Thursday, September 20, 2012

Pain Vs. Misery

Misery is optional; pain is not.   

Misery as defined by Webster is "a state of great unhappiness and emotional distress".  Pain on the other hand is "trouble, care, or effort taken to accomplish something".

I first heard the above quote from a pastor a couple weeks ago.  The quote was so profound that I could not stop thinking about it.  Misery versus pain can relate to so many aspects of life in general, and my life specifically.  When I first heard this quote, my mind immediately went to running.  Earlier that morning I had run 14.25 miles as a part of my preparation for my upcoming marathon. When I arrived to church someone asked me, "Don't your legs ever hurt?"  

I quickly responded, "Yes, of course!" 

This person then asked, "How do you push past the pain?"  I tried to explain that some days are easier than others, that it helps to have a partner to talk to so they can distract you from the pain, and there are times when it becomes too much and you must walk for a bit.  The pain is inevitable.  Misery, however, is optional.

Throughout life we all experience pain; divorce, let downs, loss of a loved one, etc.  It is up to us, however, to not allow this pain to turn into a state of misery. Too bad this is so much easier to say than do, right?!  As I like to remember, "It is progress, not perfection" I am after.

Lord, please help me to choose to accept life's pain and to not allow it to turn into misery.  Amen.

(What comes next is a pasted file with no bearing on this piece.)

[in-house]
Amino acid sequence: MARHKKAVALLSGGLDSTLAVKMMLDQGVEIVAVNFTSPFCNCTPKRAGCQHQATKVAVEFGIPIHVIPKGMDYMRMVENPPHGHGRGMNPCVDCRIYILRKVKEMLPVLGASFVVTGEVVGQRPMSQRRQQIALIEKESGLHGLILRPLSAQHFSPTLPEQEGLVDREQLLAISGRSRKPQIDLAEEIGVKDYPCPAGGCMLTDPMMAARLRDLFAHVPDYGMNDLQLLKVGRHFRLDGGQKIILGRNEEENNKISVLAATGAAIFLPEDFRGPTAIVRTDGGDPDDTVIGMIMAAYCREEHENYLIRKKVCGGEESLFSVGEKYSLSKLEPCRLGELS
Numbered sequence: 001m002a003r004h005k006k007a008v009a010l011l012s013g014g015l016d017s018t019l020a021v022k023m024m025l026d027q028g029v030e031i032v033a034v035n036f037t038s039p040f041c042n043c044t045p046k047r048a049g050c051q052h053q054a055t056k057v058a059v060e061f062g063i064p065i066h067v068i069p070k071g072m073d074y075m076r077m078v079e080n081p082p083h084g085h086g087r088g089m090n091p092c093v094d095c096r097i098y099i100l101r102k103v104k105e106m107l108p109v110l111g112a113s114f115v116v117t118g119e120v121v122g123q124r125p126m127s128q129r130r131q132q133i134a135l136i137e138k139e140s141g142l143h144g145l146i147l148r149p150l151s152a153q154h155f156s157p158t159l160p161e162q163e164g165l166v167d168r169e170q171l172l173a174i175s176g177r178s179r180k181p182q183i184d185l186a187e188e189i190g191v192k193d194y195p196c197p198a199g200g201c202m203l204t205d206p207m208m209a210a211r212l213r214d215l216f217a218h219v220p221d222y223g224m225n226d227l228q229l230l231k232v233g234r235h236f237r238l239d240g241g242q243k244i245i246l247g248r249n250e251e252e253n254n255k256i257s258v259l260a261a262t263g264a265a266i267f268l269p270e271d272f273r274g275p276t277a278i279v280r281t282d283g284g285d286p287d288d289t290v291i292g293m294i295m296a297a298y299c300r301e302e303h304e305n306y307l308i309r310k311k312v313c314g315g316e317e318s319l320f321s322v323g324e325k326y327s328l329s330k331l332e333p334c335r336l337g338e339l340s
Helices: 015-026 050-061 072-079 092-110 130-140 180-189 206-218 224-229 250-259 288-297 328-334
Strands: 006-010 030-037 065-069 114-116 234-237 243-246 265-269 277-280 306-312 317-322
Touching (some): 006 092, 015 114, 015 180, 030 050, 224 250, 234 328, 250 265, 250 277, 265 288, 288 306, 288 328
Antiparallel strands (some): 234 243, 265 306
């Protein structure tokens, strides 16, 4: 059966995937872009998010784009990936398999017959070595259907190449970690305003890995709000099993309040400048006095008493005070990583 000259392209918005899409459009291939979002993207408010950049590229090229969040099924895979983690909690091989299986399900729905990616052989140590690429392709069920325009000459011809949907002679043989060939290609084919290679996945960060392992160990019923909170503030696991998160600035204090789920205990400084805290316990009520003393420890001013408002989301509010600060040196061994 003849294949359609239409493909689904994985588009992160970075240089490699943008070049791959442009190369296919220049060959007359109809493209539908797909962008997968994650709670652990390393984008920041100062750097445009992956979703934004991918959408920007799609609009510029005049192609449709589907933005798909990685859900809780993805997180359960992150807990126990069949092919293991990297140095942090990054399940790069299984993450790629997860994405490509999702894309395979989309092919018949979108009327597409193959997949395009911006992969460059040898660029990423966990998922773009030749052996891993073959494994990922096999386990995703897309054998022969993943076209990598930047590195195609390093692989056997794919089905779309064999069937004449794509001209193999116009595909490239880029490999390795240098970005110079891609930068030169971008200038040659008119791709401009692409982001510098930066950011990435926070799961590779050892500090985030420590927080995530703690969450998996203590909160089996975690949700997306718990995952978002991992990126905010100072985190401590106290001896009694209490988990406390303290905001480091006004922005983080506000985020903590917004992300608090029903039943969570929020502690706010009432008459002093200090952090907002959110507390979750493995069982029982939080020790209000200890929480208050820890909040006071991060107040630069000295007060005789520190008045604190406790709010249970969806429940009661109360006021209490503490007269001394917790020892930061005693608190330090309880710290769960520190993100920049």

On 09/15/12 at the Run United Live United 10k race, 
my friend won 2nd place in her age division
and I won 1st place female finisher!

It was an exciting day for the kids too!  
They ran in their first ever race 
and came in at first and second place!


Saturday, August 11, 2012

Where was July?

Where did the month of July go?  Why does it seem as though time flies so quickly?  Who can I ask to be able to receive more hours in the day?  Between working out at the dairy farm, to training for the Nike Women’s Marathon all while fundraising for the Leukemia & Lymphoma society, to relationships with friends/family, who has time to sit down and blog?

Here’s a typical day’s schedule:
4:30am – wake up
4:50am – run 5-6 miles at the gym
5:45am – battle ropes & strength bag class at the gym
6:45am – get ready for work
7:30am – leave for the dairy farm
4:00pm – grocery store
5:00pm – cook dinner
6:00pm – eat dinner
7:00pm – quality time with loved ones / prepare upcoming fundraising events
9:00pm – study for upcoming test
10:00pm – bed

How do I stay motivated to work out and run? 
     1)      It’s this girl…

I don’t ever want to forget how tired, unhealthy, and unhappy I felt 65 pounds heavier.  

     2)      It’s people like Kim.  Kim is on my “Team in Training” team. She, like me, is training for the Nike Women’s Marathon.  Unlike me, however, Kim has battled Lymphoma and has now been in remission since December.  Hearing her story of how she went through chemo, fought, volunteered at a Leukemia & Lymphoma event, and then decided she too could run, is very inspiring.  As I am training for the marathon and am tired / in pain / want to stop, thinking of Kim helps give me inspiration to keep on keeping on.  

Thank you Kim for being an inspiration!
Thank you in advance for your support! Together we can and will find a cure.
A special shout out to all of you who have already donated.  You are very much appreciated!  If you'd like to join "Team Strong", click on the picture above, click on the "donate now" button found on the right-hand-side of screen, or go to

Monday, July 16, 2012

Team and New 5k PR